Consider the theoretical discoveries before 1930. In 1609 for example. Kepler looked at the new data on weird, sometimes retrograde, planetary orbits collected by Tycho Brahe and adopted the radical Copernican Sun-centred Solar system, ditched the complex epicycles and devised simpler equations to model planetary motions. Newton simplified further in 1687 by stealing orbital data from poor old Flamsteed at the Royal Observatory, and used the data to perfect his radical action-at-a-distance theory of gravity (and told a distraught Flamsteed to go 'bind his head with a garter'). In 1873, Maxwell, in a more kindly way, used Faraday's observations of electro-magnetism, which seemed magical at the time, to write down his new equations for light. In 1905, Einstein used the puzzling null result from the Michelson-Morley experiment and the photoelectric effect to propose the counter-intuitive special relativity and support Planck's bizarre quantum mechanics. In each case, strange new data from what you might call the 'X-files' was accepted & theories were rewritten, fundamentally, but in a way that didn't change the predictions for regimes already well explored.

In contrast, everything in mainstream fundamental physics since 1930 or so has been merely a logical extension of Einstein and his contemporaries. This is not for a lack of strange new data. We have had anomalies in deep space since Fritz Zwicky found in 1933 that galaxies in galaxy clusters were moving far too fast to be bound, as they obviously were. There was a similar finding that stars in galaxies were orbiting too fast by Vera Rubin in 1980. John Anderson found anomalous spacecraft tracks in the 1990s and 2000s and Reiss and Perlmutter discovered cosmic acceleration in the 2000s, and there are many more anomalies from deep space (eg: aligned quasars) and from laboratories (eg: Podkletnov, Tajmar, LENR, emdrive), but all this strange data, anomalies now apparently representing 96% of the mass-energy in the cosmos, have not been allowed to come in from the cold, and complex fixes involving invisible entities have been found to allow the old models to accommodate some of them (an exception is CERN where they are freer to move because no former great has laid down the law for this new high acceleration regime).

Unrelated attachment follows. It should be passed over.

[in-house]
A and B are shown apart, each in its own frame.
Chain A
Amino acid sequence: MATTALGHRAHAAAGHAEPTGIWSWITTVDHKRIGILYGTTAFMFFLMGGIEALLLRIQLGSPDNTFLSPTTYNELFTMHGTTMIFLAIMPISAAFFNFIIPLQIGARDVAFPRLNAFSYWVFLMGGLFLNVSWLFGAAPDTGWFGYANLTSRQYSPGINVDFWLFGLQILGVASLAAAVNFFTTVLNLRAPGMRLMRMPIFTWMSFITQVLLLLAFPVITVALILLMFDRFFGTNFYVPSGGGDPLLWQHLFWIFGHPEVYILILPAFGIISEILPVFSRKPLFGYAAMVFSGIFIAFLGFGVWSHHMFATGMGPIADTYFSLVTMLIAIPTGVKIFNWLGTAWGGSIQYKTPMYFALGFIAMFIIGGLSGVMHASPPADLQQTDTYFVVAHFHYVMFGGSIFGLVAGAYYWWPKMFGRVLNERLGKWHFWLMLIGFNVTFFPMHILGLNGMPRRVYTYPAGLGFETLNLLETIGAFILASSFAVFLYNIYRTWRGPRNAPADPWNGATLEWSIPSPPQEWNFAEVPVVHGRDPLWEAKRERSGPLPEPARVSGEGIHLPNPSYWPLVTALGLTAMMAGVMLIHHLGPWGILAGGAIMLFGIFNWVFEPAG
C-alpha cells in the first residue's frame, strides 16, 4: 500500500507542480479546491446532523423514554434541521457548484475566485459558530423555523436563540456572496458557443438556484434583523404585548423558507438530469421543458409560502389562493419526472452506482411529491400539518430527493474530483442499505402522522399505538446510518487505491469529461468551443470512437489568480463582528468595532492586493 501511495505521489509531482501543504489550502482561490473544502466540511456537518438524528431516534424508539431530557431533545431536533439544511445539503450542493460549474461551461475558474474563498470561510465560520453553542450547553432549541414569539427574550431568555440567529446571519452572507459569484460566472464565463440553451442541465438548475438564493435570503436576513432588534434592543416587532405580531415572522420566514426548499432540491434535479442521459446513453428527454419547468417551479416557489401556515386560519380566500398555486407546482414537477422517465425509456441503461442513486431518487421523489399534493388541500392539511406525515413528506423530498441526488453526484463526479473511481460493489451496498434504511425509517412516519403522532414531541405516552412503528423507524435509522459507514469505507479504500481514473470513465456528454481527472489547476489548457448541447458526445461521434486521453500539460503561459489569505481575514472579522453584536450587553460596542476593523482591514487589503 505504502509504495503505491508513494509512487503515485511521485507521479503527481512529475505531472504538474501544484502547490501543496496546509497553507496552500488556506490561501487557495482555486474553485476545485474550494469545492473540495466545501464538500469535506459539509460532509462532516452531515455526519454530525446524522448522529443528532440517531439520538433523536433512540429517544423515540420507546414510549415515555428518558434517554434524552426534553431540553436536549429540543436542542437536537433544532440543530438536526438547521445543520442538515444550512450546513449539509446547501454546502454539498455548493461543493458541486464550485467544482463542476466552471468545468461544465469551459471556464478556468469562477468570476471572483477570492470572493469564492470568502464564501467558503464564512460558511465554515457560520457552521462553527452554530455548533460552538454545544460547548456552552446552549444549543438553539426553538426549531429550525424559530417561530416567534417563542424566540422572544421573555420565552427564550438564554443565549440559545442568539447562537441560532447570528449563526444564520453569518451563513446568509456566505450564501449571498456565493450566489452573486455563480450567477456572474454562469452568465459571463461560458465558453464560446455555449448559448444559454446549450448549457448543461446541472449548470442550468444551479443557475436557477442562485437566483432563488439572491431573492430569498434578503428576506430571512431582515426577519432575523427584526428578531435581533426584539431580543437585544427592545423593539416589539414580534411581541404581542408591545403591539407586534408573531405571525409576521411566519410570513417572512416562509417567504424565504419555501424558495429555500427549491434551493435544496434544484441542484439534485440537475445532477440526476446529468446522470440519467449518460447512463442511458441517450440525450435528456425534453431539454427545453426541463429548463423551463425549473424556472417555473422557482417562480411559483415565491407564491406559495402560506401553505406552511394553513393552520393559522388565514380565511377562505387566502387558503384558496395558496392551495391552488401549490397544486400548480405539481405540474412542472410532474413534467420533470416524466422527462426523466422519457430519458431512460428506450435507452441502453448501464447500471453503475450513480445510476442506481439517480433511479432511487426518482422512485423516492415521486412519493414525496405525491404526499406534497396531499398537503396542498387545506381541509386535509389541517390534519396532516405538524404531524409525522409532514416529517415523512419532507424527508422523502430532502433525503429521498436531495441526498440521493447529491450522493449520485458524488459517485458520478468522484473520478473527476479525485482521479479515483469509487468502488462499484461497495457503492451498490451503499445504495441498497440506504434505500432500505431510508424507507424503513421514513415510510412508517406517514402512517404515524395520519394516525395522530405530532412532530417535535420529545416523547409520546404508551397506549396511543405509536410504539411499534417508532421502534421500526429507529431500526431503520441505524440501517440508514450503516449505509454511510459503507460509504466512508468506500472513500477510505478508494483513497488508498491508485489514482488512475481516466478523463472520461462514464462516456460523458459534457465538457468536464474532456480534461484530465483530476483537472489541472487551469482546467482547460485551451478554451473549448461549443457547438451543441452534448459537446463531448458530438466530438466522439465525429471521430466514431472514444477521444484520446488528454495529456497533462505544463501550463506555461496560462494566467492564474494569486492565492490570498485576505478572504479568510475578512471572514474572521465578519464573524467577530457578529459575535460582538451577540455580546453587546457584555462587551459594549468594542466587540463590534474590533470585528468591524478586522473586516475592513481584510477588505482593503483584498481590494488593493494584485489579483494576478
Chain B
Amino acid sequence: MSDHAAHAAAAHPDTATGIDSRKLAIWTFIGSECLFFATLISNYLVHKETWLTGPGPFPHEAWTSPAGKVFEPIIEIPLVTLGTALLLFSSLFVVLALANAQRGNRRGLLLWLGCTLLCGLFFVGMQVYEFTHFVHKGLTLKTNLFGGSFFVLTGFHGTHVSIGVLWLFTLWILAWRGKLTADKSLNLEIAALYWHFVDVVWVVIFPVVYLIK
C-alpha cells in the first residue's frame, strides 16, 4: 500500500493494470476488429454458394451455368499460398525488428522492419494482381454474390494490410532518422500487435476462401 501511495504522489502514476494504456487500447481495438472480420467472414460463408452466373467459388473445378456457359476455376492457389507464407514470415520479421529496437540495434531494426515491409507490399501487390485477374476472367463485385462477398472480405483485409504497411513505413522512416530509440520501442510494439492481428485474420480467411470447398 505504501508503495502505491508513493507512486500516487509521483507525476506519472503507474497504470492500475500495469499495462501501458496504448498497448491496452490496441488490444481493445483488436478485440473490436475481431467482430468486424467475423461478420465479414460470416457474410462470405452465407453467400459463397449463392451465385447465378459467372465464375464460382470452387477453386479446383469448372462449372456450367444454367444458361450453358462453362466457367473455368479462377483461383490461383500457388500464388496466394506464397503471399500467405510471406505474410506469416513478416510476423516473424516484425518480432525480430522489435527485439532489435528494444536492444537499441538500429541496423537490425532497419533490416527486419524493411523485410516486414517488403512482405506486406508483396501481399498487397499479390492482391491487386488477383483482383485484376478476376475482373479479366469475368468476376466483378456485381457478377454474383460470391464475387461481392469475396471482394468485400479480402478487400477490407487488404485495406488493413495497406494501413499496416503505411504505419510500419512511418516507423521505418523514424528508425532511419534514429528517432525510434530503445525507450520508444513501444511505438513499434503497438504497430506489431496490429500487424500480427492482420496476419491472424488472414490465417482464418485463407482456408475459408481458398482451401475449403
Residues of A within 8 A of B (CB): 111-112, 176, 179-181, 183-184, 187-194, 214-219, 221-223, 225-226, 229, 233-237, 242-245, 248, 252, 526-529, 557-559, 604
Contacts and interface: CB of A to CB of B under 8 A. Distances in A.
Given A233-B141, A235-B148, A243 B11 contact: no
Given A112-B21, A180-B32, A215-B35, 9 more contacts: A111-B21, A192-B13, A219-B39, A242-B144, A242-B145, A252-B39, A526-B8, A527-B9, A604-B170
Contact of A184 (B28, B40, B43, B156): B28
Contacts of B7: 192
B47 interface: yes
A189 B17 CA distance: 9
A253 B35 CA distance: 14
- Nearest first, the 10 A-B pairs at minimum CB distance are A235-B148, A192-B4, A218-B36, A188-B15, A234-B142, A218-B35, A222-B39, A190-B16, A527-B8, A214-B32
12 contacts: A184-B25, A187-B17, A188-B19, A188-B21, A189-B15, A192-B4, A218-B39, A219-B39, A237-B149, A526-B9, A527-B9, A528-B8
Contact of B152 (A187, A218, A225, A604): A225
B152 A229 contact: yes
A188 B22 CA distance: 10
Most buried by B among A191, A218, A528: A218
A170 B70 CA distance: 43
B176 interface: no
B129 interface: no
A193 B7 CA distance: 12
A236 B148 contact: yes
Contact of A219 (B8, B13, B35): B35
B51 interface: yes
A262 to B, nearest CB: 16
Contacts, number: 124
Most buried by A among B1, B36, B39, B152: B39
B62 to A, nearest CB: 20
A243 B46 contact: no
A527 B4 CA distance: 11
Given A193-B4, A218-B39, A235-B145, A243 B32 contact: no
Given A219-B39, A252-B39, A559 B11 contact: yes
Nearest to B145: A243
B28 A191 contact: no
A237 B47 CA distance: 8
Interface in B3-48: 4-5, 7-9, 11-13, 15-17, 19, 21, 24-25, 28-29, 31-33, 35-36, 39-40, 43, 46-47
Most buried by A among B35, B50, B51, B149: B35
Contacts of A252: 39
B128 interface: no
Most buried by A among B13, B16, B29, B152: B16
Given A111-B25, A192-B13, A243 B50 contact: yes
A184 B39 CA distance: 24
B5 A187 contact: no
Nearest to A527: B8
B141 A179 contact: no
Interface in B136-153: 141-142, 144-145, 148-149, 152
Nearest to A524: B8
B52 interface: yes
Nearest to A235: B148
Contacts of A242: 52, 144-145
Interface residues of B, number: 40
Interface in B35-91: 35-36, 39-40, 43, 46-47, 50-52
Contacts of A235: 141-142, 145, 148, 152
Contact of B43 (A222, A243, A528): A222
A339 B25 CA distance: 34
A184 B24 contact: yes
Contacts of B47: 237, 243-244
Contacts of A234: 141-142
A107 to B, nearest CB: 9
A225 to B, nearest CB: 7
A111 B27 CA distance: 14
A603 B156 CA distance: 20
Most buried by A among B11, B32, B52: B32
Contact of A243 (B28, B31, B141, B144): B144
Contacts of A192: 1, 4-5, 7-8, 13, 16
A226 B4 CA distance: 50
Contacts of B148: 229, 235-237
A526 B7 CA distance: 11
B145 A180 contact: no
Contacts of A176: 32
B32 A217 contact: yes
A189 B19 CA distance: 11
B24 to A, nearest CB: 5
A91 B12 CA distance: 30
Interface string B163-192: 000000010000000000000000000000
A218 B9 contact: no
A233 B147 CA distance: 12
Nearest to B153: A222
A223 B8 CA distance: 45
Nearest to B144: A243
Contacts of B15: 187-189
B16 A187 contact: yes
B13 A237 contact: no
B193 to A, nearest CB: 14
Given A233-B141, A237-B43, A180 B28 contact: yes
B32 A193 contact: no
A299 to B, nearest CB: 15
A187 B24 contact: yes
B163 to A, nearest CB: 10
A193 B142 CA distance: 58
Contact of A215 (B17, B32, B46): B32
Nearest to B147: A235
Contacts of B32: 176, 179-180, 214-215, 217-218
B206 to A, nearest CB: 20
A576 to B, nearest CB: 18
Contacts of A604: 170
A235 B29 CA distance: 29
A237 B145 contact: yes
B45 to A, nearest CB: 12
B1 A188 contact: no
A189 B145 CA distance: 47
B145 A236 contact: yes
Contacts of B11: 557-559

With MiHsC I have embraced these physics X-files and written new formulae that agree with the old physics at high accelerations, but, at low accelerations, or if horizons are brought closer, agree with the new data rather than the old physics. This data-driven method is as it should be, but I know that convincing others takes time and care, always has. What is needed is more than a proof that MiHsC predicts more simply, which I have already done, but a crucial experiment or anomaly that is impossible to explain any other way: ideally a controllable laboratory experiment involving extreme spin as suggested in my book (an experiment which is in progress with some encouraging results, but not conclusive yet) or an experiment like the emdrive (see my paper below).

I hear the X-files are coming back to TV. Despite the scientific flaws in those episodes, their scientific attitude was exactly right. As Carl Sagan once pointed out: you need a mix of scepticism (Scully) and curiosity (Mulder). Today, we need more Mulders.

Reference

McCulloch, M.E., 2015. Can the emdrive be explained by quantised inertia? Progress in Physics, Vol 11, Issue 1, 78-80. Link to pdf

Sunday, 3 May 2015

MiHsC vs 29 anomalies